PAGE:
5. A self-reminder

I felt very honoured to be promoted to a full professor position. It was a very nice “icing on the cake” after many years working in my university, i.e. USM. The promotion to the post of professor, after more than 16 years, was certainly welcome and has been a great boost to the efforts in promoting the Underwater System Technology R&D themes, including underwater robotics and sensors. I also realised the need to carry the title as best as possible. I truly believe a profesor should provide assistance to others and not to add more competition to the younger staffs. The role of a professor is certainly very challenging and ever-encompassing. One should not forget the importance to be useful to others and always strive to leave a lasting and beneficial legacies.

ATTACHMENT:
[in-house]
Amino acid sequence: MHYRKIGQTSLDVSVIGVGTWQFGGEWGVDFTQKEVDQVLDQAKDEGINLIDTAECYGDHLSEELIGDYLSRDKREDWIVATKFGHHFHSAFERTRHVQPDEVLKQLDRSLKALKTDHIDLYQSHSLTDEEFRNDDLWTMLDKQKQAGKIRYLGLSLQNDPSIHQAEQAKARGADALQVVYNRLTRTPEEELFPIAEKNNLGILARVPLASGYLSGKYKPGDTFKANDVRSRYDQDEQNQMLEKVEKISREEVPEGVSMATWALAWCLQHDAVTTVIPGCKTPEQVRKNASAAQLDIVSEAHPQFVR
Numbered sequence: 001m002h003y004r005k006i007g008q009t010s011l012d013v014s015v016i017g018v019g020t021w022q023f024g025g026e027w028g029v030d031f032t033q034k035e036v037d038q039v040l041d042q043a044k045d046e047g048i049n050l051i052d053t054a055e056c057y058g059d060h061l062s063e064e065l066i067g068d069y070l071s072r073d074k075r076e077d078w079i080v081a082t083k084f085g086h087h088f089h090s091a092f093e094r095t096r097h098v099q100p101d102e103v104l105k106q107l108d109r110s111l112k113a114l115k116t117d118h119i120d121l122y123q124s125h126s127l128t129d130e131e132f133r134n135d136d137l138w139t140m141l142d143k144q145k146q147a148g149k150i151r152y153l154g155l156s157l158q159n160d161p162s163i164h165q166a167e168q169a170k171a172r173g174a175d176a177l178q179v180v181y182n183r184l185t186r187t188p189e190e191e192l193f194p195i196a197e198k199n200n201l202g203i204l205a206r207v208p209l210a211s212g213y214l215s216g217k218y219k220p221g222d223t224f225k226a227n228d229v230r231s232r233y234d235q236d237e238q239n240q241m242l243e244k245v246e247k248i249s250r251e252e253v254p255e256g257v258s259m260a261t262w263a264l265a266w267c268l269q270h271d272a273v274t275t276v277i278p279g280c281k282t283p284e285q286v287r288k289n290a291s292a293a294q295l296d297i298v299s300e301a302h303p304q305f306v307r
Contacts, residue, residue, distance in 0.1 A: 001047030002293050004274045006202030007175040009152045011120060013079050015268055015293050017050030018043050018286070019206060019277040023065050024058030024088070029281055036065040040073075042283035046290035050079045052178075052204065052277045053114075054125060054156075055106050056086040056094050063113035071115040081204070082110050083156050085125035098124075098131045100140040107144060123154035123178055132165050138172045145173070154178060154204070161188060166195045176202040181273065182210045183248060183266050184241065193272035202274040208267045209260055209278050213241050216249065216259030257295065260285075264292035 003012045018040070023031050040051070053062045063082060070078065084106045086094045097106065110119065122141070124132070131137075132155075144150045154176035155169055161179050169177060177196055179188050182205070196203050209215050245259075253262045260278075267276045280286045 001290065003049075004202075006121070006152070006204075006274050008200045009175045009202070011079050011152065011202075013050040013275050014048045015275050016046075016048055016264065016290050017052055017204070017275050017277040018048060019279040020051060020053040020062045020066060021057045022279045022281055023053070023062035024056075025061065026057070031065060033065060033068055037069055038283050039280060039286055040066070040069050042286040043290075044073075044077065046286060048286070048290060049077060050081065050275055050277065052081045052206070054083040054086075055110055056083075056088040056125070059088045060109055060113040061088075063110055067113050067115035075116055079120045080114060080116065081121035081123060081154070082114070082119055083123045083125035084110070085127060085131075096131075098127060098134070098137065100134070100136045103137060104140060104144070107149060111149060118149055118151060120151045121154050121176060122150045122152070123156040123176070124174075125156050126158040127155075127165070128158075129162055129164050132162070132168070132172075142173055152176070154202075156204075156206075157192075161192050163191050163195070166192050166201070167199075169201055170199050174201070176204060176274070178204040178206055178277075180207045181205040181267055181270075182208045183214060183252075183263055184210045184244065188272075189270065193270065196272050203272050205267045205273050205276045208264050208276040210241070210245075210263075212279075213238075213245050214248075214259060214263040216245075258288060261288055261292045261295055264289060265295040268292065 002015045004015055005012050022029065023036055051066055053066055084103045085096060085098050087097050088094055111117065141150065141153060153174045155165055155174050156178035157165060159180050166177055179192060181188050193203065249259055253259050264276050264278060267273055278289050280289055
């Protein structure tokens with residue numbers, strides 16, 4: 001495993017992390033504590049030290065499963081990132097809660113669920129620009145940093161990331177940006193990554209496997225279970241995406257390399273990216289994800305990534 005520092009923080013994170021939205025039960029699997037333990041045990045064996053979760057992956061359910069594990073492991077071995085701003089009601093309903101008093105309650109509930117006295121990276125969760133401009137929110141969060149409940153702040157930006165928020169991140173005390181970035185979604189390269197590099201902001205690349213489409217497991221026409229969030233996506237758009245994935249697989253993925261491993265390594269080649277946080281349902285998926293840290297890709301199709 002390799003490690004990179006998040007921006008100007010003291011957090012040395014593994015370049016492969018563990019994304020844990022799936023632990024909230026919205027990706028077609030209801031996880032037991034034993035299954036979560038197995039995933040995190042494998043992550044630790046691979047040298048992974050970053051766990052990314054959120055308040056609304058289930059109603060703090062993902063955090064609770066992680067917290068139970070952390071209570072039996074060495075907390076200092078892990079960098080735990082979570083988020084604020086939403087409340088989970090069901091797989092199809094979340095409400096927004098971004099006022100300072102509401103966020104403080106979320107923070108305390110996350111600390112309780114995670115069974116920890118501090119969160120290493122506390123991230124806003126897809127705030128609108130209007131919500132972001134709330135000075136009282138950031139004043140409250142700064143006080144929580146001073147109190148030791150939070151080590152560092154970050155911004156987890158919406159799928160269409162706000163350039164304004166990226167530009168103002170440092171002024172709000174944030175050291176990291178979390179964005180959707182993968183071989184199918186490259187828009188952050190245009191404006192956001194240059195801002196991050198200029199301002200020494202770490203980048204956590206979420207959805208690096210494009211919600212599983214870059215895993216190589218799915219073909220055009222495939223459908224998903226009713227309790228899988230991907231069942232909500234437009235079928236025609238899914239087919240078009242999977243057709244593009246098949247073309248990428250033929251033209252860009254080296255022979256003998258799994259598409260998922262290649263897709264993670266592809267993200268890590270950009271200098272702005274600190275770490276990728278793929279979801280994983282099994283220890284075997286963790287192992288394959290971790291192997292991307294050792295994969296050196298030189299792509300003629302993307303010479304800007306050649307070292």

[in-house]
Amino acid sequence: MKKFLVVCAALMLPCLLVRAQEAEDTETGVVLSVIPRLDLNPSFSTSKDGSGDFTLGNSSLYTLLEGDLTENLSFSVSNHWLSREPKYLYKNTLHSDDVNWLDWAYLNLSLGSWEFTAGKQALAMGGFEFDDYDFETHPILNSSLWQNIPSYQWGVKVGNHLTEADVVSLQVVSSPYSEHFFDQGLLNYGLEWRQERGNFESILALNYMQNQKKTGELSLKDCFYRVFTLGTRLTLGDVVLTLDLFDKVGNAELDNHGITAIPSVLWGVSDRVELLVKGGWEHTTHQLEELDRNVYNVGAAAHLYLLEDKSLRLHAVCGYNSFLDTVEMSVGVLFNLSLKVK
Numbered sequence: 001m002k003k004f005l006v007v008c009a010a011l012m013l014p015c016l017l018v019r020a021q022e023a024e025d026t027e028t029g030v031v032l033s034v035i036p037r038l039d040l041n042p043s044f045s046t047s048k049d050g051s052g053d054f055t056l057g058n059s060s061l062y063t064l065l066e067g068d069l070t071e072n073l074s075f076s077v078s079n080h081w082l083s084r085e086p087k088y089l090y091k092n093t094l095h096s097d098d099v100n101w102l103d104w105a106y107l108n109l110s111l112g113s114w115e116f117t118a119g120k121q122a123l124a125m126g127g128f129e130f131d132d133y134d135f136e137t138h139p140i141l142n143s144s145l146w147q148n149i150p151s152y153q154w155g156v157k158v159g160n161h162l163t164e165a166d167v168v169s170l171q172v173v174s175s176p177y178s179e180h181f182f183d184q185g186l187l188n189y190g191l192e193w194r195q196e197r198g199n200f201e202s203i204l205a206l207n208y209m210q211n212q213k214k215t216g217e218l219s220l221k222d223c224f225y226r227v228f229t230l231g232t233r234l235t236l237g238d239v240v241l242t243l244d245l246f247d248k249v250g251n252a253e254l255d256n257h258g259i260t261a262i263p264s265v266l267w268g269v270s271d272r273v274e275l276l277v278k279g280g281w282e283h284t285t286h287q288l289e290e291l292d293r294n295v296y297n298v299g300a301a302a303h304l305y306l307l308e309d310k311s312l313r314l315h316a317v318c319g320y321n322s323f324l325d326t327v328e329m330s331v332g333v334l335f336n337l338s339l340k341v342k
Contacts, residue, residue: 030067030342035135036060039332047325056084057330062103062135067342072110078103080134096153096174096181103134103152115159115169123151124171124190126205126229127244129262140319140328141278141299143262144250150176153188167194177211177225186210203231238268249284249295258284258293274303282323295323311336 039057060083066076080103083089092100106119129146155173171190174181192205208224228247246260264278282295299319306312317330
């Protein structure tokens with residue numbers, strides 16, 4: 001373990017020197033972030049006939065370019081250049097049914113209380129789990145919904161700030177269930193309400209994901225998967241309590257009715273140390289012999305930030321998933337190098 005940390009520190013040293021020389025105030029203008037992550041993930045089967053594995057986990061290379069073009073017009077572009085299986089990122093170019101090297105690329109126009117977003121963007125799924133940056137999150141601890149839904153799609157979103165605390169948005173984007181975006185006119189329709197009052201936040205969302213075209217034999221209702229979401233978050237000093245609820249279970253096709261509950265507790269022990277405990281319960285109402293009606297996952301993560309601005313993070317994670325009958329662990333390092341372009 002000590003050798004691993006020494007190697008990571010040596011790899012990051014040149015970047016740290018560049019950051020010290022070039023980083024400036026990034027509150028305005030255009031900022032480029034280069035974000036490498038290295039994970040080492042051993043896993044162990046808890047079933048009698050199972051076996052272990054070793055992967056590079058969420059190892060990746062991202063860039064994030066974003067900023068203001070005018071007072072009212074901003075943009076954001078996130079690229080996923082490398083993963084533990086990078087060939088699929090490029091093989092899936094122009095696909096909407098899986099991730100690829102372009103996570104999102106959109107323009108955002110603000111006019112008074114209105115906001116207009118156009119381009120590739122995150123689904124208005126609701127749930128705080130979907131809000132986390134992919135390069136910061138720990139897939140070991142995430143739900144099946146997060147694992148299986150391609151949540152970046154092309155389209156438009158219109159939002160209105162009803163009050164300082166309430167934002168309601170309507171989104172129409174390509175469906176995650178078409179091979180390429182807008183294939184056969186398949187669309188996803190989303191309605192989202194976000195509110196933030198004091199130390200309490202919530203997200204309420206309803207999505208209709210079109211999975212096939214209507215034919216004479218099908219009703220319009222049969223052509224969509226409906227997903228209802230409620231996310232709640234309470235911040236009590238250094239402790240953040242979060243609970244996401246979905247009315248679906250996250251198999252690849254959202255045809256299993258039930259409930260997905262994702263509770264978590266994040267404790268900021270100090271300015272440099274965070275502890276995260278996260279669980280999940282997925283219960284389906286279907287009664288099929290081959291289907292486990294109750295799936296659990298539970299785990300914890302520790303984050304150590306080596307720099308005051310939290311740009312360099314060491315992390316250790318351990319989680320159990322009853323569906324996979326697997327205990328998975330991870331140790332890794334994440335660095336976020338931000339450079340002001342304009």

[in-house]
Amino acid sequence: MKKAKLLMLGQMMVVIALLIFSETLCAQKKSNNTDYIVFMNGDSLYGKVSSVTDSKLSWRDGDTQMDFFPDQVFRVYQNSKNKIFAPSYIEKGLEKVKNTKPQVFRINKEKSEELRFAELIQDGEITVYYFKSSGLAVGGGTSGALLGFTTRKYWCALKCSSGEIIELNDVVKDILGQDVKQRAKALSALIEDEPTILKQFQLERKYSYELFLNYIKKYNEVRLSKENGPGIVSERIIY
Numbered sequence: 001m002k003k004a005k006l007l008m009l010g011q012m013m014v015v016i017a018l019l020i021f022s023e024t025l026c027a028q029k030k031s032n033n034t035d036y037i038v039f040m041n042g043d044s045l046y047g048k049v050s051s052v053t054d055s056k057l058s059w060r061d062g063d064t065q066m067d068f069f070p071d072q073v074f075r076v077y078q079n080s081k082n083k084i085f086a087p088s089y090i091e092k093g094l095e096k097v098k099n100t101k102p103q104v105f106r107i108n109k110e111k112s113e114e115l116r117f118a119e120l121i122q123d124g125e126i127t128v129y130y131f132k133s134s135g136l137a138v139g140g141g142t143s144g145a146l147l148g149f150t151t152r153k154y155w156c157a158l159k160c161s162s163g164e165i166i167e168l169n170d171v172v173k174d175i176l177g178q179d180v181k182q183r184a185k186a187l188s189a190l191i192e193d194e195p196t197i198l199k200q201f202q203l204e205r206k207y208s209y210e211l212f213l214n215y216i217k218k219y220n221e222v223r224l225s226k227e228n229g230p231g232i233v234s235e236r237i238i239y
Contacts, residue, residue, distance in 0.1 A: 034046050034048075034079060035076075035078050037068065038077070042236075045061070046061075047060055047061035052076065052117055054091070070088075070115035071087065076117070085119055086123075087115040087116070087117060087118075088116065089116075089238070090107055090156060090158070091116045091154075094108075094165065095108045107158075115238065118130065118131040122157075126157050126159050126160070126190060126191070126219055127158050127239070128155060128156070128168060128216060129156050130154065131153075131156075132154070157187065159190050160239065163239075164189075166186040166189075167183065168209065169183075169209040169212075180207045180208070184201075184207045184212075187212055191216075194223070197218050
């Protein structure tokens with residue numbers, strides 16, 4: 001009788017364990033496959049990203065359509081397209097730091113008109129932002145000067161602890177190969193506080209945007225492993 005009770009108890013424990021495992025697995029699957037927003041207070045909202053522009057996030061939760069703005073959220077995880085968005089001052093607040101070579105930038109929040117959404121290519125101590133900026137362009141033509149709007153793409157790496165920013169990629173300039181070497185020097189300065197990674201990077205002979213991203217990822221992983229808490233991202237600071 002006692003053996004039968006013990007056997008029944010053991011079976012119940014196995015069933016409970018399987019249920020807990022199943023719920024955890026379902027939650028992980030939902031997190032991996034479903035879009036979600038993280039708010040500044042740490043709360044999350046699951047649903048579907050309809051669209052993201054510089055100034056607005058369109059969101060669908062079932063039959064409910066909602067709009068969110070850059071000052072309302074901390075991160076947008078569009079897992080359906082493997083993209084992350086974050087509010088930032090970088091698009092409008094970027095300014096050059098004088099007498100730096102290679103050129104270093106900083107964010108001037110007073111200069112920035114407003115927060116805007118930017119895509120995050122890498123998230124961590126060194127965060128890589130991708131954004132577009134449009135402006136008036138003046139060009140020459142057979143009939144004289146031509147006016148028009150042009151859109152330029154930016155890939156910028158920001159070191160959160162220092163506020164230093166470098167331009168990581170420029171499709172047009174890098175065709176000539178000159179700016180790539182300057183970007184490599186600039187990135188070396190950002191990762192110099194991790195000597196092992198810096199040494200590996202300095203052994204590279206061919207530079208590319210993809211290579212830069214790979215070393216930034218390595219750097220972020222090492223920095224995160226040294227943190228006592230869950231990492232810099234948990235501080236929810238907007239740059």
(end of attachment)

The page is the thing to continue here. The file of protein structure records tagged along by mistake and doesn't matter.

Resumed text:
“You don't say to a university professor who is immersed in a particular subject that they should get a life. They are encouraged to enjoy their subject and to pass it on.” - Magnus Magnusson


drrizal 2014 2

Written by :
Prof. Dr. Mohd Rizal Arshad
School of Electrical & Electronic Engineering
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Date:                                18th November 2015 (One-day workshop) *will be postponed to next year*



Further details or any inquiries, please do not hesitate to contact us: